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CKC S.W.A.T. Knife Review

One the greatest delights in any given work day is receiving a package completely without notice or expectation. That's how the S.W.A.T. Clip knife from Colonial Knife Company arrived. I hadn't been expecting it; hadn't even heard from a representative at the company. It just showed up in my mailbox one day and I got to try it out. The first thing I noticed, before I even got the knife unpacked, was the Colonial Lifetime Warranty posted right on the side of the box: If any Colonial Knife fails to perform properly in normal use due to a defect in material and workmanship. Colonial will repair or replace it free of charge.

I can't say that the knife I unpacked was pretty. Then again, pretty is as pretty does. All black, with rough textured grip slabs and allen-screw hardware, the closed knife measures approximately 4.5" long. There are two controls on the side: a push-button to release the partially serrated blade (an all plain edge model is available) and a slide lock that prevents the push-button release from being pushed accidentally. On the opposite side (although it's reversible) is the clip, a simple, sturdy item secured by one screw, but kept from pivoting by a bent end that is embedded into a grip hole.

Upon unlocking and pushing that release, the spring-pushed partially serrated blade locks open quickly. The same button is pushed to unlock it so that you can fold it closed into the locked-shut position. The spearpoint blade measures just shy of 3" with about 2.75" of it being cutting edge. About 1" of that is serrated.

On the opposite end is a manually opened cutting hook ideal for parachute cord, seat belts, nylon webbing, etc. Although it's not a polished edge, the cutting hook has a wide mouth (about 1") and is deep (about 1/2" by 1/4" in the cutting "U"). I think if I was airborne, or was carrying this knife with me jumping out of a plane, I'd prefer the cutting hook to be the automatic blade, but what is the percentage of military / law enforcement who would have this knife that are airborne? I think it does make sense to have the primary blade be automatic and the cutting hook to be manual.

Now, having identified the particulars of the knife and recognizing that pretty is as pretty does, I did my usual: I took the knife out back, rummaged through my shed for stuff to cut up and started testing out the blade. I pulled out my usual assortment of string, twine, fishing line, 1" nylon strap and some 1/2" kern mantel rope I found. First I tested the primary blade's cutting ability and didn't find any disappointments. There have been a few hot days lately so my hands got pretty sweaty as I was cutting the various items and I paid attention for any slippage in the grip. I didn't experience any. After testing the primary blade I tested the cutting-hook and only ran into a challenge when I tried to get the 1/2" kern mantel rope into the 1/2" x 1/4" cutting "U". It didn't fit well but I managed to pull through it anyway. As deep as the mouth is on the cutting hook, the actual "U" shaped cutting edge is only 1/4" wide (and a 1/2" deep). Fitting 1/2" wide rope into a 1/4" wide cutting "U" took some pull... and the hook cut as it went. At any rate, I managed to pull through the rope without the knife coming out of my hand and without having to make multiple passes.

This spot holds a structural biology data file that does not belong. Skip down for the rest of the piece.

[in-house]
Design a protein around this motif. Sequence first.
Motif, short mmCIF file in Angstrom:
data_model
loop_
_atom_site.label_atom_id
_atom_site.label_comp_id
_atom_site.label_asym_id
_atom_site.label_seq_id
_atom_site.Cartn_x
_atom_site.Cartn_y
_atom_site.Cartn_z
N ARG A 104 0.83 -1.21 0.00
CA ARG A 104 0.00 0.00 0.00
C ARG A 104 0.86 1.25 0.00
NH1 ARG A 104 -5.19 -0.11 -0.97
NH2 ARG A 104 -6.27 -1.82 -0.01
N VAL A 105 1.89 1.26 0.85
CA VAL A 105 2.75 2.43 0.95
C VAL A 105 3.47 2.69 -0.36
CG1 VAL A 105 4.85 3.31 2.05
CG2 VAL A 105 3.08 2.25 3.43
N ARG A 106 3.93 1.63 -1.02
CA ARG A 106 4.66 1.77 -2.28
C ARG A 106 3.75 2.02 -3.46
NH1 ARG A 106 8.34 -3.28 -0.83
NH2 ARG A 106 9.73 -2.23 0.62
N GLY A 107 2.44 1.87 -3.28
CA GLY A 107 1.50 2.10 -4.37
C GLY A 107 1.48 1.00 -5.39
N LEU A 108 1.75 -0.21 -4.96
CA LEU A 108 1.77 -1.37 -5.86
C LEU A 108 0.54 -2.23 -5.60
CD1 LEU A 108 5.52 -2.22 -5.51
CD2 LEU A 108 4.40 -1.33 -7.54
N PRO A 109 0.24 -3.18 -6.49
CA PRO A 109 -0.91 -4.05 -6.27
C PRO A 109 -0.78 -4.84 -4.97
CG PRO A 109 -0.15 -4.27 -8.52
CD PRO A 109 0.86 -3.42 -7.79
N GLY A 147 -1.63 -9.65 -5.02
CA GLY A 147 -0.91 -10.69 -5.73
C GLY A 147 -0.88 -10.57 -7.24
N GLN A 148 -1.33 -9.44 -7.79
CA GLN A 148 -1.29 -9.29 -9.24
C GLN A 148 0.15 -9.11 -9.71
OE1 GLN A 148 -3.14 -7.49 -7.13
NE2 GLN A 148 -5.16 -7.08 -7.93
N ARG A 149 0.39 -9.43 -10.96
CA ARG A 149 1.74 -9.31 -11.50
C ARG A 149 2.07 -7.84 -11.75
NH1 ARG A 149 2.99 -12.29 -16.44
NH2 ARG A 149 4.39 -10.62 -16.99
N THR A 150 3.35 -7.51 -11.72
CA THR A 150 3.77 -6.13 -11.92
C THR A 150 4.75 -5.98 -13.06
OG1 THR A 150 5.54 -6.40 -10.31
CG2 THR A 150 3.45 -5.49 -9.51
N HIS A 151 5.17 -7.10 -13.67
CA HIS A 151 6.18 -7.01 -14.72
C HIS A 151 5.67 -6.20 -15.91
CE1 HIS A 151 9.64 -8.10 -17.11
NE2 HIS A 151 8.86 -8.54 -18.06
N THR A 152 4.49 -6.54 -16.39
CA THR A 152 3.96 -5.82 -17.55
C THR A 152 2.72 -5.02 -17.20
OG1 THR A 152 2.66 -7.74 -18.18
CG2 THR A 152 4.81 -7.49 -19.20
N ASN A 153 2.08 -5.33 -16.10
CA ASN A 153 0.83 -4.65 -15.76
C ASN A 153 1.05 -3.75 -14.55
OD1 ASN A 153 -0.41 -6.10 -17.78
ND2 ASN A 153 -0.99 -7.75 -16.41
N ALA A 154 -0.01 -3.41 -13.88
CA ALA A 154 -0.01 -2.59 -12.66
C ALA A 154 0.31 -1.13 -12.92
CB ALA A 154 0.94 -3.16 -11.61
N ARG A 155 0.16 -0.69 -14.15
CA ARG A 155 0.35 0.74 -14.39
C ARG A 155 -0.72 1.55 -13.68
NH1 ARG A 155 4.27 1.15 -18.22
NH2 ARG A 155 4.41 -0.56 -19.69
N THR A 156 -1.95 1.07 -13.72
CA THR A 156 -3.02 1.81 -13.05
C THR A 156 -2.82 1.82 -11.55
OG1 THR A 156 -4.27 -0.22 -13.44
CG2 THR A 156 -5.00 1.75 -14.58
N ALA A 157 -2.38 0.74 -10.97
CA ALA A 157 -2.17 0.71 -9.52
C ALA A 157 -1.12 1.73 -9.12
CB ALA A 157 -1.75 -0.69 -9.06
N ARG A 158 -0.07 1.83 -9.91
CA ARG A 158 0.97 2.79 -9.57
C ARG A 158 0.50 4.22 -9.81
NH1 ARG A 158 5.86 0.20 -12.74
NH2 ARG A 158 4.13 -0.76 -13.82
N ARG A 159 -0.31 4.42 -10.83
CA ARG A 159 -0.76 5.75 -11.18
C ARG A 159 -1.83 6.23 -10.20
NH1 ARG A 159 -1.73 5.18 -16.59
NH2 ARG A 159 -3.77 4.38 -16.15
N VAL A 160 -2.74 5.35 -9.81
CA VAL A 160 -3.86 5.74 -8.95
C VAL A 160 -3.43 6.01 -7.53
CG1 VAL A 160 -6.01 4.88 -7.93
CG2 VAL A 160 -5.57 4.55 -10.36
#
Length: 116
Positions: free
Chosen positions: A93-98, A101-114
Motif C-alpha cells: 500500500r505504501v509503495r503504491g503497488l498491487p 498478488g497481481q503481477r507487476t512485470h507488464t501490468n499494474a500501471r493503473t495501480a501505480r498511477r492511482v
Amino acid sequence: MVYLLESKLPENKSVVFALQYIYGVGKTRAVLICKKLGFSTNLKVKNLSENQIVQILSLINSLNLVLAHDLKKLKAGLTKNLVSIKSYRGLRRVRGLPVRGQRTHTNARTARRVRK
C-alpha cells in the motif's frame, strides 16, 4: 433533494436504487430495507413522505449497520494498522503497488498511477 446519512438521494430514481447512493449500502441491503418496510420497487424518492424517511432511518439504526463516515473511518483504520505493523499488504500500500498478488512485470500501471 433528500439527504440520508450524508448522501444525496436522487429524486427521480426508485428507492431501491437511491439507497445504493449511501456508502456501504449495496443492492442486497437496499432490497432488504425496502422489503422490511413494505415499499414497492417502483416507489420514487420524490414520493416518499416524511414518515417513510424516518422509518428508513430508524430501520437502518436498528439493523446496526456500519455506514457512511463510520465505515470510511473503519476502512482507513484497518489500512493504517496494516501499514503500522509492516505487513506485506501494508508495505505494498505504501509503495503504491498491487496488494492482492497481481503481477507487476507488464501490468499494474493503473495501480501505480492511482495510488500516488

The one thing I did learn that surprised me in my research and testing is this: on the side of the box the website for Colonial Knife Company is listed as exactly that: However, no such website exists. Instead, a search found me which is the website of Colonial Cutlery International, Inc., the parent company of Colonial Knife Company. The knife I received for testing is the M-724, which is listed as the Military Auto Knife online, but the site says that the S.W.A.T. knife is the M-728 with an MSRP of $69.99. Another quick search resulted in finding several dealers that have them for less so do your homework before you buy.

Stay safe!

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About The Author:

Lt. Frank Borelli (ret) is the Editor In Chief for, and has over 29 years of military and civilian law enforcement experience. An instructor since 1989 and having delivered training across the country, he stays active in police work, training, and writing. Frank has had four non-fiction and two fiction books published along with two research papers of specific interest to the law enforcement and/or military communities. All can be found / purchased on his Author Page on linked above. If you have any comments or questions, you can contact him via email to